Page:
KUALA LUMPUR (Reuters) - Malaysian authorities scrapped an annual beer festival on Monday after an Islamist party objected to the event that had been planned for the first weekend of October in the country’s capital.
Though there are plenty of beer drinkers among the sizable Chinese and Indian minorities, protests against events deemed to be “western” and unIslamic - such as concerts and festivals involving alcohol - are common in Muslim-majority Malaysia and are usually led by the Pan-Malaysian Islamic Party (PAS).
Kuala Lumpur City Hall (DBKL) said in a short statement on Monday that it has rejected the application for a permit by the organisers of the “Better Beer Festival 2017” to host the event, which would have entered its sixth year.
“If the organisers continue with the event without DBKL’s approval, action will be taken in accordance to existing laws,” city hall said.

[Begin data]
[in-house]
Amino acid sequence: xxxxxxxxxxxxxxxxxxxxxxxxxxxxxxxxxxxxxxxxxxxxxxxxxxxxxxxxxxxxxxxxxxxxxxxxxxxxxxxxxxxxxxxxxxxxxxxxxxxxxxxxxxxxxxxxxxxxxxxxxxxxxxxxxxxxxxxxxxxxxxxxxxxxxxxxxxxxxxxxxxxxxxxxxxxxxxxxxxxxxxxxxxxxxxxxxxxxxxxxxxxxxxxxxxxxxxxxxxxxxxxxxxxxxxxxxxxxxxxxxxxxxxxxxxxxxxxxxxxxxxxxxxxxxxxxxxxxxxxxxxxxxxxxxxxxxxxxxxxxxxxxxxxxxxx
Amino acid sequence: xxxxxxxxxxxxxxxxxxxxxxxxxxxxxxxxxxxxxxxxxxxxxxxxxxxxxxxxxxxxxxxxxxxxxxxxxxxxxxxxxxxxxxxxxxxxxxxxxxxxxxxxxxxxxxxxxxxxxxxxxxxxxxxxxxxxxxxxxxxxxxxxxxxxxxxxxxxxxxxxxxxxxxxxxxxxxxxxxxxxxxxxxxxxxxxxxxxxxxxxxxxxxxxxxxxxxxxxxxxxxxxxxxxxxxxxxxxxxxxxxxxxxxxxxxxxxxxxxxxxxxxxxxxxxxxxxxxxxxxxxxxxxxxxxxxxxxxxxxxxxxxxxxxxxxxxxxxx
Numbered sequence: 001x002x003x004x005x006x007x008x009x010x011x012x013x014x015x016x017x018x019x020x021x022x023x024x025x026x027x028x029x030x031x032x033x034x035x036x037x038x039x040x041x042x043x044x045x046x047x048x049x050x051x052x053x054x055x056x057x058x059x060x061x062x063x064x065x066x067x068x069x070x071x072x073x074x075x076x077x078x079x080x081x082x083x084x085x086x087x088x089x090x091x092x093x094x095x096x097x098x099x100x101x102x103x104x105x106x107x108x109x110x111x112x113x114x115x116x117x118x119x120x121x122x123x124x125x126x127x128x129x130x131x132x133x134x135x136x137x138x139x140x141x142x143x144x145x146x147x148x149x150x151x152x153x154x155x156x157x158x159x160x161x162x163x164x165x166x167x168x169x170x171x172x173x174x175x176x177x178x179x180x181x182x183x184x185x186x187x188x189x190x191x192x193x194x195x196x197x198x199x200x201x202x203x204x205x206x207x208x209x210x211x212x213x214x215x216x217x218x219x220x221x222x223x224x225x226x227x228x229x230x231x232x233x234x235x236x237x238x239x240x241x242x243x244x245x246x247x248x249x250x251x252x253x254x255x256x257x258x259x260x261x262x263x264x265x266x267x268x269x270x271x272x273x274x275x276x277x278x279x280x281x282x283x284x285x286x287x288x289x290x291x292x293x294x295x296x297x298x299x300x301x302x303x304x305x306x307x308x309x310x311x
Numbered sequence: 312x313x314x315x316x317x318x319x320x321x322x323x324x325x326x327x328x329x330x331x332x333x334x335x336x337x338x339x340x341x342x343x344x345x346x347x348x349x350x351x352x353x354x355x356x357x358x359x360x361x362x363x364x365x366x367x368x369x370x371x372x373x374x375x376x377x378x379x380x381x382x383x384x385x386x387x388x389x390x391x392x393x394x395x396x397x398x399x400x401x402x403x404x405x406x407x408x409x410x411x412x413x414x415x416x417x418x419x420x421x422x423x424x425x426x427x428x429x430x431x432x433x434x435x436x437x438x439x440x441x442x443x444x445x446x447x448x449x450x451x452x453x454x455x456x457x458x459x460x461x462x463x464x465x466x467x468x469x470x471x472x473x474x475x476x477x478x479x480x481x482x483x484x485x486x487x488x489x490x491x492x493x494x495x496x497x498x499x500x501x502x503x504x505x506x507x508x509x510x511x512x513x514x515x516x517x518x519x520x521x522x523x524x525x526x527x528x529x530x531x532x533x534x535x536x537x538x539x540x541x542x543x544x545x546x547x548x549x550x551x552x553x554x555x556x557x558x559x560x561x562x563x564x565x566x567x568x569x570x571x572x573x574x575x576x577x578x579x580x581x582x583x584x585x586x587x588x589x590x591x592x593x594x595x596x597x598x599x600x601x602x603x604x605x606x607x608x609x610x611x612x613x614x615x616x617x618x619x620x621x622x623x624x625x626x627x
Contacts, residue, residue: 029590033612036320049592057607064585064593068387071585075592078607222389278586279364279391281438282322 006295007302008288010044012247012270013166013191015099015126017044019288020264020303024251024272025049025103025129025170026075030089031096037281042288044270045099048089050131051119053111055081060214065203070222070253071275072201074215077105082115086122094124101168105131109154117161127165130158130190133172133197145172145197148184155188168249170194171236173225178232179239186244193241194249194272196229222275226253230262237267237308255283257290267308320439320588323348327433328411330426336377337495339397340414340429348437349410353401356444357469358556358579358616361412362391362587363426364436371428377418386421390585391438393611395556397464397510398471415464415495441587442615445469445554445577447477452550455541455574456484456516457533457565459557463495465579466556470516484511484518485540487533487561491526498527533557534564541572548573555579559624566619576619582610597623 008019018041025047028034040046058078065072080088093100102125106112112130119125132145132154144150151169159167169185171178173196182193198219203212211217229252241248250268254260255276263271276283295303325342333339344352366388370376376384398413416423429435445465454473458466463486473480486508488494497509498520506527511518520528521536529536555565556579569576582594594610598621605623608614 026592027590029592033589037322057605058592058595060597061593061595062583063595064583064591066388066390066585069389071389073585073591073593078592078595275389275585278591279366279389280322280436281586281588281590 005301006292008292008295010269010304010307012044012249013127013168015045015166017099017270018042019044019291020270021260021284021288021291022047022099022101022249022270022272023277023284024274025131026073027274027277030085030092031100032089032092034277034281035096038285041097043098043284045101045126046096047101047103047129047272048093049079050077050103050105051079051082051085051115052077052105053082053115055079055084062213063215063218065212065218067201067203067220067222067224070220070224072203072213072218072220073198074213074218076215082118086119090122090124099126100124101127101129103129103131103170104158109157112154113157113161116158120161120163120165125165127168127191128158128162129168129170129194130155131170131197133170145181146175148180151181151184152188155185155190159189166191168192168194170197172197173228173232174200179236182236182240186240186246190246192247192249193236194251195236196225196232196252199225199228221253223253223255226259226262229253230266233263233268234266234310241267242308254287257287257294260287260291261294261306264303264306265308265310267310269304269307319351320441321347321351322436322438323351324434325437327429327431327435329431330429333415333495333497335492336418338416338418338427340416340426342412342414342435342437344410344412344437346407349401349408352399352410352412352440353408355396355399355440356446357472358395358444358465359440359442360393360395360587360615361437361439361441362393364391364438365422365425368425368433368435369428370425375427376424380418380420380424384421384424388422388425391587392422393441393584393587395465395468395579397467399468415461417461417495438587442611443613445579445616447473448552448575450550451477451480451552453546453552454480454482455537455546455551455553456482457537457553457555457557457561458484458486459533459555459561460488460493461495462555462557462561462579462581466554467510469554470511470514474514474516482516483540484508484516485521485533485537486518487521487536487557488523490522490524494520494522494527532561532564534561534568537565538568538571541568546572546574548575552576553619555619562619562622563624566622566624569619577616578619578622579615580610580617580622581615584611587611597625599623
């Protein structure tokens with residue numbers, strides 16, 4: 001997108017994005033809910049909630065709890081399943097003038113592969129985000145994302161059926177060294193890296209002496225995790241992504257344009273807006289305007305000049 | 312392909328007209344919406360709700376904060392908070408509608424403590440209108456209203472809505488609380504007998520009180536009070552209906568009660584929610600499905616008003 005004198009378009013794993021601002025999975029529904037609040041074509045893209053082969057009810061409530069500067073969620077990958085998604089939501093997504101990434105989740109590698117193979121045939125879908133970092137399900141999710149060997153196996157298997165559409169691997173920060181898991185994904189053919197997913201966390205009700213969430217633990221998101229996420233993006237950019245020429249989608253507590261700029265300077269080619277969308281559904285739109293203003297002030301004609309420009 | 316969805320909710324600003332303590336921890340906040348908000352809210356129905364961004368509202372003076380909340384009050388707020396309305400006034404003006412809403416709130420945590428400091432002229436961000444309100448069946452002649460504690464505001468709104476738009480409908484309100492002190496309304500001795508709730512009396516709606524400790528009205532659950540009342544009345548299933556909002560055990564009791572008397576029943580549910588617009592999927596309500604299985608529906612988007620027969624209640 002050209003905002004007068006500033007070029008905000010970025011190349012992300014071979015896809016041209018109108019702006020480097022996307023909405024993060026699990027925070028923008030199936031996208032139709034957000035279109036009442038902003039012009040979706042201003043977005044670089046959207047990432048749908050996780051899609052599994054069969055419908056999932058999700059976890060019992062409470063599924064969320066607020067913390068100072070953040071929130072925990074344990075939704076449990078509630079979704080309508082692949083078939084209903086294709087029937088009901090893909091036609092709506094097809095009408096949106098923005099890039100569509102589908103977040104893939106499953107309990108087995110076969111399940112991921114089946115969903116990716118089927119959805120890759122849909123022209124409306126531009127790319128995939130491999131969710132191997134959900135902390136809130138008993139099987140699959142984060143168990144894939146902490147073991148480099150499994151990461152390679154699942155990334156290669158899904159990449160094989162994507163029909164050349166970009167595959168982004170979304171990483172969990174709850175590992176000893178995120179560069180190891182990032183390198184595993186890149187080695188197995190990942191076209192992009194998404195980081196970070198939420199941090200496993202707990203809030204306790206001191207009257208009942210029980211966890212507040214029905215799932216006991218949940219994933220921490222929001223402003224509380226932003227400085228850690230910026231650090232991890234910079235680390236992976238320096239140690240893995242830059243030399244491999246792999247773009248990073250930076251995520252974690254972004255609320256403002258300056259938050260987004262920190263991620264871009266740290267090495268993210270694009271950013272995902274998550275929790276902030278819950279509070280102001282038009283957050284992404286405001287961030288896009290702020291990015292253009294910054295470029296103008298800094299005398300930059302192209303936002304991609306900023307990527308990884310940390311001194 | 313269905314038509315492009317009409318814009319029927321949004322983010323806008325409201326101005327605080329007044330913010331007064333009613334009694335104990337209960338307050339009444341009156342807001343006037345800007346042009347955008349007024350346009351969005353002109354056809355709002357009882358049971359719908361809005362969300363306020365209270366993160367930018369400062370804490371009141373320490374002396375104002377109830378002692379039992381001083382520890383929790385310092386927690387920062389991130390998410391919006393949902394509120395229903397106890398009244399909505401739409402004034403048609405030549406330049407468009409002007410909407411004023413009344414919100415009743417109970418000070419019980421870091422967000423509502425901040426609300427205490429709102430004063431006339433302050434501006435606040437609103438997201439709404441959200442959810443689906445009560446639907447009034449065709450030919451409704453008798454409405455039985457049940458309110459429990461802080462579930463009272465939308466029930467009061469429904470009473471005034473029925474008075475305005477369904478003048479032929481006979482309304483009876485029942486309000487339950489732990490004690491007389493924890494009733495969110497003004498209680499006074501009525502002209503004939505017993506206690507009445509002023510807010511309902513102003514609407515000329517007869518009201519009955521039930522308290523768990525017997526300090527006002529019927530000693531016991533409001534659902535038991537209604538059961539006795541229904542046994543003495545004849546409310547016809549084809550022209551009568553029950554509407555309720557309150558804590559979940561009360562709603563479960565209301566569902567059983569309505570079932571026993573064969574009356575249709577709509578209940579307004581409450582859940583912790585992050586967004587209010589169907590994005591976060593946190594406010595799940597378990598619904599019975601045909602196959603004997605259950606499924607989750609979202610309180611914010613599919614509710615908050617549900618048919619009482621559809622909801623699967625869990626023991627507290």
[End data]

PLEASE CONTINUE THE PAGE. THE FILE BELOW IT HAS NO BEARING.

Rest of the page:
Mybeer (M) Sdn Bhd, the company organising the event, said in a separate statement that they were informed by DBKL officials that the decision was made “due to the political sensitivity surrounding the event”.
A member of PAS’ central committee, Riduan Mohd Nor, said in a statement on Sept. 10 that there is no guarantee that such events would not lead to criminal acts, rape and free sex.
Opponents of the beer festival also launched a campaign on Facebook to block the event.
Around 6,000 people had been expected to attend the two-day festival, which would have featured craft beers from at least 11 countries, according to Facebook posts by the organisers and local news reports.
Reporting by Joseph Sipalan; Editing by Simon Cameron-Moore